When the first MusicXML products were shipped in 2001, Finale and Sibelius each had their own captive music-scanning program (Good and Actor 2003). Finale users were limited to the SmartScore product family and Sibelius users to the PhotoScore product family. Conversely, SmartScore users could only transfer music to Finale, and PhotoScore users could only transfer music to Sibelius. One of the most promising newcomers in music scanning, SharpEye Music Reader, could only communicate with these programs using MIDI files. This lack of competition was not healthy for either music-scanning software consumers nor for the advancement of music-scanning software technology.
Recordare selected Finale as its first support target because it was the only major music notation application with a full-featured plug-in software development kit that allowed us to both read and write MusicXML files. SharpEye Music Reader was the first application targeted for MusicXML support (September 2001). When Dolet 2 for Finale was released for Macintosh OS X (August 2004), it allowed Macintosh users the ability to choose between different scanning programs. This encouraged MakeMusic (Finale‘s owner) to add MusicXML support to the Windows version of Finale 2003. With MakeMusic’s 2006 releases, built-in MusicXML support expanded to Macintosh OS X and to the less-expensive PrintMusic product.
It was thus music scanning which provided the first illustration of how a music notation interchange format can lead to faster product innovation. Given the small size of the market for music notation software, this example is significant. Most companies have fewer than ten developers; many have just one or two. Writing to an interface format supported by industry-standard development tools is much more cost-effective than trying to support multiple proprietary formats. Much of the demand for music scanning software comes from people who are not music preparation professionals. Many customers have reported that they can now produce music in minutes, via scanning and editing, scores that used to take them hours to key in manually.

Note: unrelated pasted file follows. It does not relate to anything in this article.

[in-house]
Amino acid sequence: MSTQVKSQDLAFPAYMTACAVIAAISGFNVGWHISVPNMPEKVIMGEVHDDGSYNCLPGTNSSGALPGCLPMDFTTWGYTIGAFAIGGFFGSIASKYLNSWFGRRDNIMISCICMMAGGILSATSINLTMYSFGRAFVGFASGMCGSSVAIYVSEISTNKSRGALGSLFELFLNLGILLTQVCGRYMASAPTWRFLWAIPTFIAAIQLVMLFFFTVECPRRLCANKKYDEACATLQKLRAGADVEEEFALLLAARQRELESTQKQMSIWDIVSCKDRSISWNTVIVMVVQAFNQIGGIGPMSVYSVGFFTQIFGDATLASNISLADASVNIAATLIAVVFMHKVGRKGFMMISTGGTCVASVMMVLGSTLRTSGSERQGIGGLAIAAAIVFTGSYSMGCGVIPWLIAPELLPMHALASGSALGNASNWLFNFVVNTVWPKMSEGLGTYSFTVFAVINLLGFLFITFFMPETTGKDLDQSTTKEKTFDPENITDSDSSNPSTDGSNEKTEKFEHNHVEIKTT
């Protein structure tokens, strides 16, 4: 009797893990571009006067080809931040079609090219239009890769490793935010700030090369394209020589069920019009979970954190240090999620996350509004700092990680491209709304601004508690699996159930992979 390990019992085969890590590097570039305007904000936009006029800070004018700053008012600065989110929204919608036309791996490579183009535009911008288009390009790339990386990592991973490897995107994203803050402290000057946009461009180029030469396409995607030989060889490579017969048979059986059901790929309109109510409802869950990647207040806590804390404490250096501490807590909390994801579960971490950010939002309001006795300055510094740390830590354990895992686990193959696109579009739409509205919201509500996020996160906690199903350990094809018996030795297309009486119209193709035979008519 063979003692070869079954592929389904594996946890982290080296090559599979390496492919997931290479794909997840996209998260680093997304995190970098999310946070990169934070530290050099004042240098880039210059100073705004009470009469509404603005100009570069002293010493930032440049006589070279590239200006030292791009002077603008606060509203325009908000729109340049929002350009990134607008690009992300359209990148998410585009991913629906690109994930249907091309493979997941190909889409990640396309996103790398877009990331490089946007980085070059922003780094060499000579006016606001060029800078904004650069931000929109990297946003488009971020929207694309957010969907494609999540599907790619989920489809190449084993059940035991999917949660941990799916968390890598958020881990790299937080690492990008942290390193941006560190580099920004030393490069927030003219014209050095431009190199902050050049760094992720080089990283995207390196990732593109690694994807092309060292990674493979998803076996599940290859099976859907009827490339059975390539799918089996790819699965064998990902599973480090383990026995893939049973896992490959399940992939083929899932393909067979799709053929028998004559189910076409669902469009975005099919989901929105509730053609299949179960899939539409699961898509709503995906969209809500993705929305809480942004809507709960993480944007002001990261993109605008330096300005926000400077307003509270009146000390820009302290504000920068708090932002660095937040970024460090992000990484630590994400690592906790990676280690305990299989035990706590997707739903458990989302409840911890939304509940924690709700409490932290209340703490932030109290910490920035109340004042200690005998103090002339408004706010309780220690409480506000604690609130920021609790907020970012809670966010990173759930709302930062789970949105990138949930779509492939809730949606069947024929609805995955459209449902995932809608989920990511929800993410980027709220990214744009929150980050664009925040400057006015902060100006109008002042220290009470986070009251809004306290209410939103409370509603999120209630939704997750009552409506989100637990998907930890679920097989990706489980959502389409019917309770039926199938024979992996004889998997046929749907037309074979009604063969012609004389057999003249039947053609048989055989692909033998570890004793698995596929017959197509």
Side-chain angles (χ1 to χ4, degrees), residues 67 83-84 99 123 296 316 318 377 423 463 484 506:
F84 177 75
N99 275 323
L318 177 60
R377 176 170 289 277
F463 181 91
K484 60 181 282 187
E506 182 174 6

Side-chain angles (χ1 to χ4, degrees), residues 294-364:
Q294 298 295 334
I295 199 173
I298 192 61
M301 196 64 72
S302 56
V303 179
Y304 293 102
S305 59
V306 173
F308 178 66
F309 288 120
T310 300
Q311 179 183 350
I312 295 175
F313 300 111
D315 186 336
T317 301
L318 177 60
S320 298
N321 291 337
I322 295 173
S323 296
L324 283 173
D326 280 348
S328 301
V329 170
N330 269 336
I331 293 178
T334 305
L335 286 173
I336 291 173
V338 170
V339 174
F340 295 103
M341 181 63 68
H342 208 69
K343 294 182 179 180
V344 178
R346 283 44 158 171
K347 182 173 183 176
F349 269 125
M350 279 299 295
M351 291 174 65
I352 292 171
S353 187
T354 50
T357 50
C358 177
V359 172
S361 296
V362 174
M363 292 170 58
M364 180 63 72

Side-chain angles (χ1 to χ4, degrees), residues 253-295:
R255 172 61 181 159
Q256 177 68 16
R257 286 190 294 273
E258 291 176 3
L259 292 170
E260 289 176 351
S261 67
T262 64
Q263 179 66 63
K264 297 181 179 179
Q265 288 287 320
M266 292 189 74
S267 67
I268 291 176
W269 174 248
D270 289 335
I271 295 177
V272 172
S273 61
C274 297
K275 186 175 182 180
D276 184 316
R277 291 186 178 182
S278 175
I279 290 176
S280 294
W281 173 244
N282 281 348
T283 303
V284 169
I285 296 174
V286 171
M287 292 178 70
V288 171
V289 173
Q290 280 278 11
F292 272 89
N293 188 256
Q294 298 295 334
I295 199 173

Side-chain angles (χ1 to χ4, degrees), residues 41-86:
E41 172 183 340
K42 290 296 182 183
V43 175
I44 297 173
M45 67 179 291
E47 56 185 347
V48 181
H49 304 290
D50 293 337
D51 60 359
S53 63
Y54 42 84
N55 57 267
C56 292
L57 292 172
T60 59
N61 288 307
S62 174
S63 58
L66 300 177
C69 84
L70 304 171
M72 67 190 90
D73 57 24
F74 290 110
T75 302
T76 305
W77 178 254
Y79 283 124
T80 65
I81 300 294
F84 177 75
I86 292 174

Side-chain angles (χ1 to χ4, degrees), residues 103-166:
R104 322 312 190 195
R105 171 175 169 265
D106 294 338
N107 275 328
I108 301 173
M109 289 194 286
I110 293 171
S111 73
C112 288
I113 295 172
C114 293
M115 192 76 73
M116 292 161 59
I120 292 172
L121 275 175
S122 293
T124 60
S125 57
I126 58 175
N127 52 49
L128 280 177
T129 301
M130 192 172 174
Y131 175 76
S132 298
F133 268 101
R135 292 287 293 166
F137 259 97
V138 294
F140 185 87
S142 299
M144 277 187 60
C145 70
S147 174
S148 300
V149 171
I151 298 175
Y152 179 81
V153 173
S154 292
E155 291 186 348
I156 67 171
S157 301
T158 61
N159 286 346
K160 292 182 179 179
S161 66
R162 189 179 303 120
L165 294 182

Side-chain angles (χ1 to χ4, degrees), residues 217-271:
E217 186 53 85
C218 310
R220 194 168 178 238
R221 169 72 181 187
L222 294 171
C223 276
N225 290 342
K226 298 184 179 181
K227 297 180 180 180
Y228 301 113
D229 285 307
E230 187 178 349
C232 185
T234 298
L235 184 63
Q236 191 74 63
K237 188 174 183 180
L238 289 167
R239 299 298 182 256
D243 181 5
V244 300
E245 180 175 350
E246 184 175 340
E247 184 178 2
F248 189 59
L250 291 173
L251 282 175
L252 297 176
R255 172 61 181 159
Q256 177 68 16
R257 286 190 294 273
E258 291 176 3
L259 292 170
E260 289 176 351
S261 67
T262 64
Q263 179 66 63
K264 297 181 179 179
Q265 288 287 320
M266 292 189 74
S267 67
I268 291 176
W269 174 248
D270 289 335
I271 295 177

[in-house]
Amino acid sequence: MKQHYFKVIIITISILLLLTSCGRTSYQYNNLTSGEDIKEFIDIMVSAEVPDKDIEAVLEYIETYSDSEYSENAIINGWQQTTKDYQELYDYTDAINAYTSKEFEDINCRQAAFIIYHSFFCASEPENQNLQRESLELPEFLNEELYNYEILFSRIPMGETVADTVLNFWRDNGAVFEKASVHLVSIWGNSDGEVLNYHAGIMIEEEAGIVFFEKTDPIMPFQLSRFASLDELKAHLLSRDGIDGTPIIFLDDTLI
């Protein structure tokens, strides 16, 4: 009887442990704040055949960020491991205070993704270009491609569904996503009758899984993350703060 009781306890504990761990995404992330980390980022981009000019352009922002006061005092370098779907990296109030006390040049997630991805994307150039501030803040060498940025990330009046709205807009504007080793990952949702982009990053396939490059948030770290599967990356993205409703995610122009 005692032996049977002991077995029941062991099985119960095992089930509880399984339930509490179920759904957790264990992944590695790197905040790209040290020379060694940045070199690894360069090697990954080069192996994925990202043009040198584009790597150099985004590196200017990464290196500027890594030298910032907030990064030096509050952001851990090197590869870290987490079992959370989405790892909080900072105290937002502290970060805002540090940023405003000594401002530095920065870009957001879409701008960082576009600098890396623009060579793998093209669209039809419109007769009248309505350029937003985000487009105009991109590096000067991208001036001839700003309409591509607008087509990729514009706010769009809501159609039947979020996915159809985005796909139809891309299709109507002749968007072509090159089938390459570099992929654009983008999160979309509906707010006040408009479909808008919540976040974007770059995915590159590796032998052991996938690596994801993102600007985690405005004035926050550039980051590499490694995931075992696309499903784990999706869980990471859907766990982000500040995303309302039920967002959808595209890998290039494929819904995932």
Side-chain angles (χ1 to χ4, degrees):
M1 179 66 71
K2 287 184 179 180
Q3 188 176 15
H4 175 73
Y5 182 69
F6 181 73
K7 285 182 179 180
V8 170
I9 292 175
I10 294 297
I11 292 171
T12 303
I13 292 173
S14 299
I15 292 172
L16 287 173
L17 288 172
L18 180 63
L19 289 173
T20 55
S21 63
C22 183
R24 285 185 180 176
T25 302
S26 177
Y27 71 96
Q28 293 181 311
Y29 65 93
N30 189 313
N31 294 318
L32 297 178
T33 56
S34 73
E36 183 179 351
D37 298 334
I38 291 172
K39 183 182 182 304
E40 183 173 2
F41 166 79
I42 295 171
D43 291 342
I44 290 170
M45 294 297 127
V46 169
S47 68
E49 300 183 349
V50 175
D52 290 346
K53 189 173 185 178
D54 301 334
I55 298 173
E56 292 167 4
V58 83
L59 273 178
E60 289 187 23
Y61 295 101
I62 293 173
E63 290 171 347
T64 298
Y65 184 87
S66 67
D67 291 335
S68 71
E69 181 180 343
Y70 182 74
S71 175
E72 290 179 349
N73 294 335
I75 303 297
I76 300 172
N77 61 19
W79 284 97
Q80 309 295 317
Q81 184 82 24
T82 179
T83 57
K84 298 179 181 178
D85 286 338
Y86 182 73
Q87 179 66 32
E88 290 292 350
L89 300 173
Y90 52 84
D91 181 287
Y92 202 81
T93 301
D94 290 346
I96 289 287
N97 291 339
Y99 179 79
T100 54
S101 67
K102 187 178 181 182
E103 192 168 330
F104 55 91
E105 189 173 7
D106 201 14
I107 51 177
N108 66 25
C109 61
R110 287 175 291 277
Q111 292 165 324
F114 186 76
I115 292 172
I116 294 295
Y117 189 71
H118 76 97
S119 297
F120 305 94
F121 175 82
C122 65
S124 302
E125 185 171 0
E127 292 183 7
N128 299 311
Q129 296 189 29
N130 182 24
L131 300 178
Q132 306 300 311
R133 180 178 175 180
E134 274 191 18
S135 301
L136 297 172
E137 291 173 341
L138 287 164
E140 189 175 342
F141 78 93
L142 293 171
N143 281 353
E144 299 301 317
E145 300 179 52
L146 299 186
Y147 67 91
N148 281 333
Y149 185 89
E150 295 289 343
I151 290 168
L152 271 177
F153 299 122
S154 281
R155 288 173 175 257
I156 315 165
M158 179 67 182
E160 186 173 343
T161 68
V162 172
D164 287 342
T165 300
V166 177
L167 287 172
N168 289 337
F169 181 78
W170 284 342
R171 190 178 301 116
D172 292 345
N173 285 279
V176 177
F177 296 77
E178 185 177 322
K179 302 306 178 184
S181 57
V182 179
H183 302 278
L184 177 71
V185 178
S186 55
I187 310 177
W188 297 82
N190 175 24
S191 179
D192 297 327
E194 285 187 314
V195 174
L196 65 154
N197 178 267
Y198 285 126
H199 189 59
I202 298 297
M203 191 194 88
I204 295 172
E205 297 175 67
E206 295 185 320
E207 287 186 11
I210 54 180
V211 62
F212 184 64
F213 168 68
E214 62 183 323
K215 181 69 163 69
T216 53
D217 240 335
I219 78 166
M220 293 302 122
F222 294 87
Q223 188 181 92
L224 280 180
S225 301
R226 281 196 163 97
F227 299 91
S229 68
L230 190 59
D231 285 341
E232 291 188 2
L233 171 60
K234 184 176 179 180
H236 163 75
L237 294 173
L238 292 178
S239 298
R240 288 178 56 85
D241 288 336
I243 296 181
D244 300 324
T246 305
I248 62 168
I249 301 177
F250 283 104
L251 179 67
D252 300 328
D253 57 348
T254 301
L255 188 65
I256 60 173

Sibelius’s initial response to Finale’s expanded scanning options was to add NIFF import to the Windows version of Sibelius, as both SmartScore and SharpEye Music Reader can export NIFF files. Sibelius’s experiences with NIFF are illustrative of why MusicXML has been much more widely adopted. Pitch representation proved to be a particularly problematic area. NIFF does not represent pitch directly (unless optional MIDI data is used). Instead it uses a graphical representation that describes where a note is positioned vertically on a staff. To determine pitch, we need to check the clef and key signature, then handle any accidentals that precede the note in this measure, then look for any accidentals affecting a note that may be tied to this one. Fortunately, the other basic element of music notation, the timing of the note, is represented much more directly. Yet the indirect nature of pitch representation makes NIFF less than optimal for most performance and analysis applications. (Good, 2001b)
Sibelius’s NIFF importer exhibited exactly this type of bug – getting the pitch incorrect by not checking for the accidentals in a note tied to the current note. The bug was present when Sibelius introduced NIFF import in version 2.1 and remained in version 3. NIFF provides all the data needed to translate these files correctly, but its difficult-to-use format has discouraged most software developers from adopting it. Sibelius dropped support for the NIFF format in version 4 and added MusicXML support on both Windows and Macintosh. Sibelius’s MusicXML importer is also superseding its Finale importer that relied on Finale’s Enigma Transportable File (ETF) format. ETF import is no longer supported for Finale 2006 files, and Sibelius recommends MusicXML import over ETF import for the files created with recent releases of Finale.